What’s the Deal with Sulfites in Wine?

sulfites in wine

Who doesn’t love pouring themselves a nice glass of wine at the end of a hard day? The only problem: waking up the next morning with that headachy feeling that so many people attribute to a sulfite allergy. But guess what? Most people actually aren’t allergic to sulfites at all… though that doesn’t mean that sulfites in wine are a welcome addition to cocktail hour.

What Are Sulfites?

Sulfites are compounds that help preserve foods, including wine.

They are naturally occurring in all wines to some extent, as they are a natural byproduct of fermentation. That said, winemakers typically add even more sulfites to wine to stop fermentation at desired times, killing off any bacteria that are present.

Natural wine expert Alice Feiring notes that natural sulfites in wine can be present at anywhere from imperceptible levels to up to 40 parts per million; the legal limits for added sulfites in wine, meanwhile, are between 250 and 260 ppm for white and a bit less for red.

The Sulfite Allergy Myth

Many people claim to be allergic to sulfites, noting that they get headachy after drinking certain wines, but they are often not experiencing a true allergy: there are far more sulfites in dried fruit, for example, than in wine, so unless eating dried apricots makes you symptomatic, what you’re experiencing is not likely a sulfite allergy.

A true sulfite allergy – which is an anaphylactic reaction – is quite rare: less than 1 percent of the population suffers from this life-threatening ailment, according to the FDA.

However, just because you’re not allergic to sulfites doesn’t mean they’re good for you.

“If you’re sitting and drinking two bottles of wine, you’re going to have a hangover anyway,” says Feiring. “But if you’re drinking two bottles of wine without any sulfur added, you’re going to be a little bit less in pain in the morning.”

The reason for this is simple and has to do with the reason for the presence of sulfur in the first place: to kill bacteria.

“What I don’t believe gets enough attention is the fact that sulfites are designed to be toxic,” says James Kornacki, PhD. “When it comes to winemaking, they’re absolutely essential and indispensable, but make no mistake that they’re designed to be toxic, they’re designed to kill things, and that’s because they’re so reactive as chemicals.”

Consuming large quantities of anything that is, for all intents and purposes, toxic, is never a good idea.

“Allergy or not, it’s always your goal to take reactive chemicals, toxic chemicals, out of your diet,” says Kornacki.

It’s for this reason that Kornacki decided to put his chemistry background to good use and invent an object that targets and filters any residual sulfites from wine. He calls the system Ullö, noting that while most filtration systems work like a net, filtering out not only sulfites but other compounds that may have an adverse effect on your wine-drinking experience, Ullö specifically targets sulfites, drawing them away from wine like a magnet.

The Other Problem with Sulfites in Wine

It was during the process of inventing Ullö that Kornacki discovered something surprising: sulfites in wine actually affect its flavor as well, and not in a good way.

“When people refer to sulfites as sulfur, they assume that sulfites would taste kind of like a burnt match, and that’s not the case,” says Kornacki. “They’re a very pharmaceutical, bitter taste, and it lingers in the finish, so we knew if we were removing that, we would change the taste.”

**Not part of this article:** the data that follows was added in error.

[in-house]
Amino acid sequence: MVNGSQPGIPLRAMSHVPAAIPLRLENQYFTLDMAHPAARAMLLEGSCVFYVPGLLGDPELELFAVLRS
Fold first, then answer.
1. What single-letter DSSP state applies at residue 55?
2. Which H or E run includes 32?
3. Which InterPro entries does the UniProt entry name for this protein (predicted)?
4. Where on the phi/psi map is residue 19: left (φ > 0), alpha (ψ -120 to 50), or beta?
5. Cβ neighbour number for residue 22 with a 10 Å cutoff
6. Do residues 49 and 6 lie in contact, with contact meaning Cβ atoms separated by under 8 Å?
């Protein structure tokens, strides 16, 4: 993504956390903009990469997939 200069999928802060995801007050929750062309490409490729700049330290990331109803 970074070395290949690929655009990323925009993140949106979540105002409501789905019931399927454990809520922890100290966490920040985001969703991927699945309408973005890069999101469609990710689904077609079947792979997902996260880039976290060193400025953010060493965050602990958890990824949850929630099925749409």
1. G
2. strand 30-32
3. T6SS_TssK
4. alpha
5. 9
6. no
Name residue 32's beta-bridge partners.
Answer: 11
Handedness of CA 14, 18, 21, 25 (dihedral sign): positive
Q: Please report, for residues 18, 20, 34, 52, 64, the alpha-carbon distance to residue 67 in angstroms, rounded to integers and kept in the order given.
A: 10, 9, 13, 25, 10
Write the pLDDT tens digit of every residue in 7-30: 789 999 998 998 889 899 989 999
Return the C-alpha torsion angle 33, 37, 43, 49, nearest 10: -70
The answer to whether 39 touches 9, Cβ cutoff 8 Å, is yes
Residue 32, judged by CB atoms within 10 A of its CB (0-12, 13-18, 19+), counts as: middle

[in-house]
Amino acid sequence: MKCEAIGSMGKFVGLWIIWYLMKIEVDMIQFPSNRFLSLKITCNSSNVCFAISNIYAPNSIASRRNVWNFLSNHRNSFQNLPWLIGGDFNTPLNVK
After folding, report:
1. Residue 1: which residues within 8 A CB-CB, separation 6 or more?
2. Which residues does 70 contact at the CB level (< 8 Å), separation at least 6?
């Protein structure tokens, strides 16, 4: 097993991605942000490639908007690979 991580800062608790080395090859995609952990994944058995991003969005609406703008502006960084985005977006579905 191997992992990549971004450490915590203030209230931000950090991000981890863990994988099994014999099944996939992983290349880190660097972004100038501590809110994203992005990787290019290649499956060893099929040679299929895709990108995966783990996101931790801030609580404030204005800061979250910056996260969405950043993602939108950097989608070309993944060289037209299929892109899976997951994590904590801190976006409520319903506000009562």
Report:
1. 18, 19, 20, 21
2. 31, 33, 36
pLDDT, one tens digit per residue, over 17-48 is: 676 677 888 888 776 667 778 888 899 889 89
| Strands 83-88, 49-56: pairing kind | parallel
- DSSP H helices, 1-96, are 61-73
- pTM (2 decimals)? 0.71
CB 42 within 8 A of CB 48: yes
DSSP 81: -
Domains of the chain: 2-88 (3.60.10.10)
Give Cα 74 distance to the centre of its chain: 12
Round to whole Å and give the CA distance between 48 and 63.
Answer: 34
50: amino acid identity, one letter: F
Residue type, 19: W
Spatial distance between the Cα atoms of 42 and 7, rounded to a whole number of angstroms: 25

Their removal tends to round out the flavor, he notes, something that even winemakers with whom the Ullö team has worked with can appreciate in their own wines.

But while the Ullö team has managed to filter out sulfites – and only sulfites – some wine experts note that these are not the only detrimental additives in conventional wine.

Alice Feiring has been working and writing at the forefront of the natural wine world for years. She notes that added wood tannins, which fix color in wine, can cause adverse reactions in certain people, not to mention a “a slew of enzymes,” yeasts, or bacteria that are added to jump-start fermentation in wine.

“There are 72 and counting legal additives,” she says. “But I would say that added tannin, which is quite prevalent, and enzymes, those are the two biggest.”

It’s for this reason that she and many others opt for natural wines, a step beyond choosing organic, in this case.

While organic winemakers can and do use additives, as long as they are organic or on the National List, natural wines have no additives at all, and drinking them is a completely different experience from that of drinking conventional wines. Natural wine will have anywhere from no sulfites to 20 parts per million, something that, Feiring notes, changes the flavor of the wine drastically.

“Sulfur acts as a microscope on the flavors of wine, but it also really keeps a lid on it, it keeps it in place, which means that the wine doesn’t evolve very easily,” she says. “And so a lot of people say with conventional wine, the first sip is the best and the last sip is the worst, and in a natural wine, the first sip is not as good as the last sip.”

Natural wines boast a liveliness that conventional wines just don’t, and they’re devoid not only of sulfites, but also of other additives – so you can feel much better about having a second glass.

Related on Organic Authority
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Whole Foods Market to Carry First Sulfite-Free Wines from Italy and Spain
How to Avoid Sulfur Dioxide (and the Startling Reasons Why You Should)

Emily Monaco is a food and culture writer based in Paris. Her work has been featured in the Wall... More about Emily Monaco